Former Manchester United captain Nemanja Vidic wasn’t happy to hear the media reports that his Red Devils wouldn’t play for David Moyes, or that they lost respect for their now-fired manager.
In fact, in an interview with BBC Sport, Vidic strongly denied that his club gave anything but its best for Moyes.
“People said we lost faith in David Moyes,” said Vidic. “We didn’t.”
It’s one of several strong statements from the 32-year-old defender, who said the players cooperated with Moyes at every turn.
“The players did argue among ourselves,” he said. “But we were arguing to get better. When you have bad times, people show they care. It hurts but we could say those things to each other because we have been together for so long.
“We had some hard moments in the dressing room but we never argued with the manager or his assistants. Never.”
Saying the players “did everything that was asked of them,” he admitted there were plenty of tense times in an unusual and unsuccessful season for Manchester United.
And that doesn’t mean the players expected things to turn out as poorly as they did, with a seventh-place finish and no European soccer for 2014/15.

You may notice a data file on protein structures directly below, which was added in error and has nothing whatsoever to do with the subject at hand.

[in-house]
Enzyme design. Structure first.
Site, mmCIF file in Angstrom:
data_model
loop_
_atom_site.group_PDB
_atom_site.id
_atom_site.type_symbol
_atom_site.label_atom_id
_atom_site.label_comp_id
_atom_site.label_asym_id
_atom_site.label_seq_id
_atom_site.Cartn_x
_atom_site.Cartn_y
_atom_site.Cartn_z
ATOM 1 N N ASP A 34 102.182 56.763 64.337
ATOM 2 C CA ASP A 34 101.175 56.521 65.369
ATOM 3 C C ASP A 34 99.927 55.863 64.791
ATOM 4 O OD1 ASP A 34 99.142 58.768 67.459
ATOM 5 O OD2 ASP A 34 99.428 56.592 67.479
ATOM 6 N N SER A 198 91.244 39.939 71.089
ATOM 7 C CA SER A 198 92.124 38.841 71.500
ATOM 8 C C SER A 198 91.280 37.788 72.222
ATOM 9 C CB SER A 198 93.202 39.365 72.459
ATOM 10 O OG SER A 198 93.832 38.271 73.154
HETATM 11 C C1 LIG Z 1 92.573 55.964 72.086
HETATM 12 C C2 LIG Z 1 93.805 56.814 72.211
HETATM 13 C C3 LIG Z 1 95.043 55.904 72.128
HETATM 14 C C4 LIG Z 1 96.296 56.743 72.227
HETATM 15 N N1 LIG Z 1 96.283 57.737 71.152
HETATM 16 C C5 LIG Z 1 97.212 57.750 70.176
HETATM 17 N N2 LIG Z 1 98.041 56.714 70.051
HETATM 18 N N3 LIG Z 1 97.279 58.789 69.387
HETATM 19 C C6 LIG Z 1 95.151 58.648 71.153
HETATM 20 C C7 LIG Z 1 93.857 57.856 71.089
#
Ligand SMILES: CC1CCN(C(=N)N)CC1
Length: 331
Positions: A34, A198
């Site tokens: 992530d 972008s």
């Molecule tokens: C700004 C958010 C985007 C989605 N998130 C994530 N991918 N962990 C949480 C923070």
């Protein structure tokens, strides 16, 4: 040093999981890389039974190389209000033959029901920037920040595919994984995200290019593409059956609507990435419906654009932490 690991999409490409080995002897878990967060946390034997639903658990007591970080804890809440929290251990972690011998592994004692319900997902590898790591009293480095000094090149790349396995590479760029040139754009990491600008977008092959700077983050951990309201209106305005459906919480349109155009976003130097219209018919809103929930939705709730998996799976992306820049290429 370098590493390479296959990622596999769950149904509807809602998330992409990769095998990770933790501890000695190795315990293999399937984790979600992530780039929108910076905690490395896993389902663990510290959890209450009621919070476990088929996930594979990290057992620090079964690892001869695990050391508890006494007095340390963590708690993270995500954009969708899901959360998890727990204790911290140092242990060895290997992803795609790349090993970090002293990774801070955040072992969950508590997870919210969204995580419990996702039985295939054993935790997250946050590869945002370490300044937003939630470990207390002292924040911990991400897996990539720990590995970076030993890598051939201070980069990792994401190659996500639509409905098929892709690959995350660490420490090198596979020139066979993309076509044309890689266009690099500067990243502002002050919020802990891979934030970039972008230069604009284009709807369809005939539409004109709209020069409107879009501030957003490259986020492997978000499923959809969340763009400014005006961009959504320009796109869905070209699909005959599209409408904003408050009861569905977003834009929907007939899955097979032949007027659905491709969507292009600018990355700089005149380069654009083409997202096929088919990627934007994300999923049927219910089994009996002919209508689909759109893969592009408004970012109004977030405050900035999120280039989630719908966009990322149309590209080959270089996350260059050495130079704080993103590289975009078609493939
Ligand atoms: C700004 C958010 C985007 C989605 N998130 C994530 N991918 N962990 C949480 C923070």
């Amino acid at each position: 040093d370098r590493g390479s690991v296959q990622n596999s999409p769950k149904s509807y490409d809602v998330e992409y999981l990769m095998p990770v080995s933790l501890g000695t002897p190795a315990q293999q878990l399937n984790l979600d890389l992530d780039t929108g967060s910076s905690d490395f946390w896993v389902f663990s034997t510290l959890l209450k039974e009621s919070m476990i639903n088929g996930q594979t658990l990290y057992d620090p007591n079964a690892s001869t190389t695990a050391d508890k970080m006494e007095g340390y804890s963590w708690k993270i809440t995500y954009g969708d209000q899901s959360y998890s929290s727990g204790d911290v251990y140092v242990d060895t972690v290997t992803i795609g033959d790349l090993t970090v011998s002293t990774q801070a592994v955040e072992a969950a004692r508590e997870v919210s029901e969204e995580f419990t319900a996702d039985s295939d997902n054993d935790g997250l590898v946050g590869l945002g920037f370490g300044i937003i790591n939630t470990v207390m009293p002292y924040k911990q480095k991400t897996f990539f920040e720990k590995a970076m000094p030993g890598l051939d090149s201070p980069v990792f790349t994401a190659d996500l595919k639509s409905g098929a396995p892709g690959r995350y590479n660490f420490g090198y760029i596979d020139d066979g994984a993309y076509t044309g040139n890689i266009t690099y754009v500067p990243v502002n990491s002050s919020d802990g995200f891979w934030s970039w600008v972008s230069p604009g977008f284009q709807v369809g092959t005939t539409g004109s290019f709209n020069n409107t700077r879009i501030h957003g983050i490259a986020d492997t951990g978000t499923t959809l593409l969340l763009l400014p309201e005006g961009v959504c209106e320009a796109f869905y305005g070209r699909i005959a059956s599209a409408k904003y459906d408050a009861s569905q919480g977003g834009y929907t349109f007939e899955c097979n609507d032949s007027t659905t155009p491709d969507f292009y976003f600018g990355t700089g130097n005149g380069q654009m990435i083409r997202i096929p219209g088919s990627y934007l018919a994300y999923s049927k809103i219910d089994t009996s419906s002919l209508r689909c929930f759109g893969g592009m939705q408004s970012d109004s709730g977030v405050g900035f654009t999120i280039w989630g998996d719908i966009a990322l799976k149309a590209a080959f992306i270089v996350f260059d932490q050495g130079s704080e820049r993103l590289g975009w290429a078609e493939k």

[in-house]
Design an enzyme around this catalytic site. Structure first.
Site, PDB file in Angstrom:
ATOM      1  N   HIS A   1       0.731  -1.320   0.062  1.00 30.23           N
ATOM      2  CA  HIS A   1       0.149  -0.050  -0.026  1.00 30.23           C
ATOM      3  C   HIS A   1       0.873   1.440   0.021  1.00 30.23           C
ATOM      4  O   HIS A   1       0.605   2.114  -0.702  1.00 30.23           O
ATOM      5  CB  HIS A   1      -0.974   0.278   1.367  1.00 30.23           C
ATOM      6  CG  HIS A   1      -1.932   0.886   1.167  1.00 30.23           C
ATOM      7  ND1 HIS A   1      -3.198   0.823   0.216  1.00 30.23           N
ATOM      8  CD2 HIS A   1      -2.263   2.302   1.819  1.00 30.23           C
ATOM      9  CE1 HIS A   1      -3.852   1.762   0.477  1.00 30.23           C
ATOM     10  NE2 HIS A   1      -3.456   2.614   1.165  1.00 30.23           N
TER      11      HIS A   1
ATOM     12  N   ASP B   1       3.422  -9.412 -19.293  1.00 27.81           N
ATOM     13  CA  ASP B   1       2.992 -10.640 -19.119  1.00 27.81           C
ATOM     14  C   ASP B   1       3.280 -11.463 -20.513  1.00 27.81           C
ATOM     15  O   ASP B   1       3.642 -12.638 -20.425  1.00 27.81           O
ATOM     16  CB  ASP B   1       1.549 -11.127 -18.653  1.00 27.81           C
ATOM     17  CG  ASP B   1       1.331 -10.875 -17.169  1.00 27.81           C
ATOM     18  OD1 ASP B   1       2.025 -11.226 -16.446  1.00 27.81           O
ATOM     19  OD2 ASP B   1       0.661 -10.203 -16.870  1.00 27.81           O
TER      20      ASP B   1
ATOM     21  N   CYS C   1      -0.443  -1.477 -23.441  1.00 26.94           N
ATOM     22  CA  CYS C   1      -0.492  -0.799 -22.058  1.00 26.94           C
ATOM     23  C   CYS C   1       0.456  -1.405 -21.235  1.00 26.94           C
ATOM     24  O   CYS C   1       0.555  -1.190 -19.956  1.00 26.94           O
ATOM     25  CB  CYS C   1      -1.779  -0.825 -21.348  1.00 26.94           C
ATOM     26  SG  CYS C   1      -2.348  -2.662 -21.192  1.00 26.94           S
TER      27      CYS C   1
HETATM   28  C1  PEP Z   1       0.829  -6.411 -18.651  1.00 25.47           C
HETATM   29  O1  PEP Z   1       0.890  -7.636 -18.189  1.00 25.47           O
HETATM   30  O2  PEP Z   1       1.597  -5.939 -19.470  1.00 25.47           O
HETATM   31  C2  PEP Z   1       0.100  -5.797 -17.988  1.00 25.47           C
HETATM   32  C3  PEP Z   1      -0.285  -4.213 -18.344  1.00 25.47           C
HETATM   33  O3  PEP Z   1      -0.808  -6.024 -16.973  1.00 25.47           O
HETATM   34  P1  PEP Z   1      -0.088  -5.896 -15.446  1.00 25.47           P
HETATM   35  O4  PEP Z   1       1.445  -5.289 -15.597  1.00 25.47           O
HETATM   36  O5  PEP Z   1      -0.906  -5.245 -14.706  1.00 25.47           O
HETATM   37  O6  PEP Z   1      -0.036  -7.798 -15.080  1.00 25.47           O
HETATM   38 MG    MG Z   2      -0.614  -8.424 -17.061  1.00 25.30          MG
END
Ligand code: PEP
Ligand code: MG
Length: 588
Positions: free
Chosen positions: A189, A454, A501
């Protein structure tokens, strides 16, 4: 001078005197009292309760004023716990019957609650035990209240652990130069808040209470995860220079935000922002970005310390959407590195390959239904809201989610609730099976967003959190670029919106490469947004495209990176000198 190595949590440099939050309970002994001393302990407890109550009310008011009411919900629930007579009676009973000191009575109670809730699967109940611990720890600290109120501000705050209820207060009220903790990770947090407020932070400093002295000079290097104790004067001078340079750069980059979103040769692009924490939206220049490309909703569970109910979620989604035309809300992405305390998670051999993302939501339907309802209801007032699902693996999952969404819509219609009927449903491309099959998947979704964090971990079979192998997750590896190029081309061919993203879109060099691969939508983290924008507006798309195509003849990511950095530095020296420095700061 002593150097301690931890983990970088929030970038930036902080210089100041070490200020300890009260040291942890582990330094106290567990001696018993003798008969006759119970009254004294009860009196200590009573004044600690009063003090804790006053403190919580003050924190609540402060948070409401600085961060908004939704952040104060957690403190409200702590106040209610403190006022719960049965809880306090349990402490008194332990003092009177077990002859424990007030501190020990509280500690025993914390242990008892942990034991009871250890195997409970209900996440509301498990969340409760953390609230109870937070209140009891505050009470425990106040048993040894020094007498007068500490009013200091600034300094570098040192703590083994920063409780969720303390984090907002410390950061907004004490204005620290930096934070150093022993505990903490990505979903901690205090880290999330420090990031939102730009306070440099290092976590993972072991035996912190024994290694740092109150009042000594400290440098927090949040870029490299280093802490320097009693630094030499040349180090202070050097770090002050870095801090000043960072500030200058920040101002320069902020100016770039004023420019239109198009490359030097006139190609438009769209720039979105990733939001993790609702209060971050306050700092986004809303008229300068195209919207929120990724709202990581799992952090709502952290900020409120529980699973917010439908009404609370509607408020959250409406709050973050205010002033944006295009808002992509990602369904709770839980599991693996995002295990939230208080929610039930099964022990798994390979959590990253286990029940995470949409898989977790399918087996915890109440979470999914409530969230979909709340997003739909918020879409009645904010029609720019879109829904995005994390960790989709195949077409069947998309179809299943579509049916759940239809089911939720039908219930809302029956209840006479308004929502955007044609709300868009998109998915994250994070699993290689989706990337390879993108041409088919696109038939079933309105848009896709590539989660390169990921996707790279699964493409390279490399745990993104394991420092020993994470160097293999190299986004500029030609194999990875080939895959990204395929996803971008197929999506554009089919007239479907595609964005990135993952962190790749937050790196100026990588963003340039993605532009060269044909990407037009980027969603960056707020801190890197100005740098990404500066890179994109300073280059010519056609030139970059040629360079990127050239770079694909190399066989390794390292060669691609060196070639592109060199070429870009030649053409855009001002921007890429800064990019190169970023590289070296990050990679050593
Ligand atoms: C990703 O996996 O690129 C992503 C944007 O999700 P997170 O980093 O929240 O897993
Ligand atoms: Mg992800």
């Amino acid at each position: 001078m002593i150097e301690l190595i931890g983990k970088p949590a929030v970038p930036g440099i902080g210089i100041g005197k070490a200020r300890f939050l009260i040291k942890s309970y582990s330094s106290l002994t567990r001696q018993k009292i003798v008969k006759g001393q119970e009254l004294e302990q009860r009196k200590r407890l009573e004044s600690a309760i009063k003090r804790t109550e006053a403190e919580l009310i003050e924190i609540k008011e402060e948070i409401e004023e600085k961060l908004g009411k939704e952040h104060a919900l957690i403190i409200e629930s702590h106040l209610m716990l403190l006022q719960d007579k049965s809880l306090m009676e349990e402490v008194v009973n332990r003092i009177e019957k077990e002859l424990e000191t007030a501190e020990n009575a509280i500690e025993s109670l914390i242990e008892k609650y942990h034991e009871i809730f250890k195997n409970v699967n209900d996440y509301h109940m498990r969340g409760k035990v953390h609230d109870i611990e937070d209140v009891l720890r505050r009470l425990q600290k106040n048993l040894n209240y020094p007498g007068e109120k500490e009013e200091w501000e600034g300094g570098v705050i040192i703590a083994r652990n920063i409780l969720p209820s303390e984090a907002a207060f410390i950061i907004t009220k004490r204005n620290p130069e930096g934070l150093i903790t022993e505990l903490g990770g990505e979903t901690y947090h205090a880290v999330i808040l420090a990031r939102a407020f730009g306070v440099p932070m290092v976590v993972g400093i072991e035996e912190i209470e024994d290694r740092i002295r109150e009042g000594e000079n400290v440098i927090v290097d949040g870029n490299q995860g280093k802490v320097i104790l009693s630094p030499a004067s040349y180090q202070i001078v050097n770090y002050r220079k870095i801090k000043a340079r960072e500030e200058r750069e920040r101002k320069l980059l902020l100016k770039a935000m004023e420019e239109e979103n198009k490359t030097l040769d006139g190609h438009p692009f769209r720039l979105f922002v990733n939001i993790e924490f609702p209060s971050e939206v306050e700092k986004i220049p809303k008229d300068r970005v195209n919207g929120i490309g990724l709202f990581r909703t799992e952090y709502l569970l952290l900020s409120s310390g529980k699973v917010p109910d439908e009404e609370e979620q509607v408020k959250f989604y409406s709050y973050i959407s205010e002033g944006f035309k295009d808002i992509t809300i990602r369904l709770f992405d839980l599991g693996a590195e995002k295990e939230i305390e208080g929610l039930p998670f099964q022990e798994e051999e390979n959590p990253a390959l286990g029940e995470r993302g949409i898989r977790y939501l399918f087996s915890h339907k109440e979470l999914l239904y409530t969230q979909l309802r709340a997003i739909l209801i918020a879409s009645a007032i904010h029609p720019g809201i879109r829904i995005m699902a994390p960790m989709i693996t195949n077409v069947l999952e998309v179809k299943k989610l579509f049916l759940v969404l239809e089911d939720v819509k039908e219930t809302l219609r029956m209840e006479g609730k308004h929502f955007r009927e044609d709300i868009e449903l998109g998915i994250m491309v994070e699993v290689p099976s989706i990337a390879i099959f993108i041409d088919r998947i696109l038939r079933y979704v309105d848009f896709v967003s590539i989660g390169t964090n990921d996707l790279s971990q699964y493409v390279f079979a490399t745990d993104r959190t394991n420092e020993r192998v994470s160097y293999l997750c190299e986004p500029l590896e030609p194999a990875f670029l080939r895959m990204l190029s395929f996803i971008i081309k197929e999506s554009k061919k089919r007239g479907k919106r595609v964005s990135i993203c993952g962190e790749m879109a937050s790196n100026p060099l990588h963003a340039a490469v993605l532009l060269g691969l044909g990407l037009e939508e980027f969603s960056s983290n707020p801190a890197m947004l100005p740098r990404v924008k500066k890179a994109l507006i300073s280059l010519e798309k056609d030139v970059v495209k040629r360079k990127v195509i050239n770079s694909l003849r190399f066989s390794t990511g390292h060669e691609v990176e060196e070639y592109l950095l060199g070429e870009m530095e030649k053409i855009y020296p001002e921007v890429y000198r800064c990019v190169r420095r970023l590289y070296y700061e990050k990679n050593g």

“From the first day until the last you didn’t hear any player say anything bad about the training. That shows the players have respect for the manager.
“We did argue among ourselves. But we were arguing to get better. We had some hard moments in the dressing room but we never argued with the manager or his assistants”
“I am not saying we have had a good season. It was a bad time and the players could have done better. But everyone lost belief in the team.”
Vidic will ply his trade at Inter Milan next season, and it’s hard to imagine his game struggling to adapt to Serie A. With just 25 games played in the Premier League this year, Vidic is one of several players whose absence may have cost Moyes just as much as anything the manager was doing tactically or motivationally.
And there’s a good chance we’ll never truly learn if this band of misfits could’ve won for any manager in a post-Sir Alex Ferguson, as whoever takes charge will likely be given a load of money to spend on plenty of new, better, younger talent.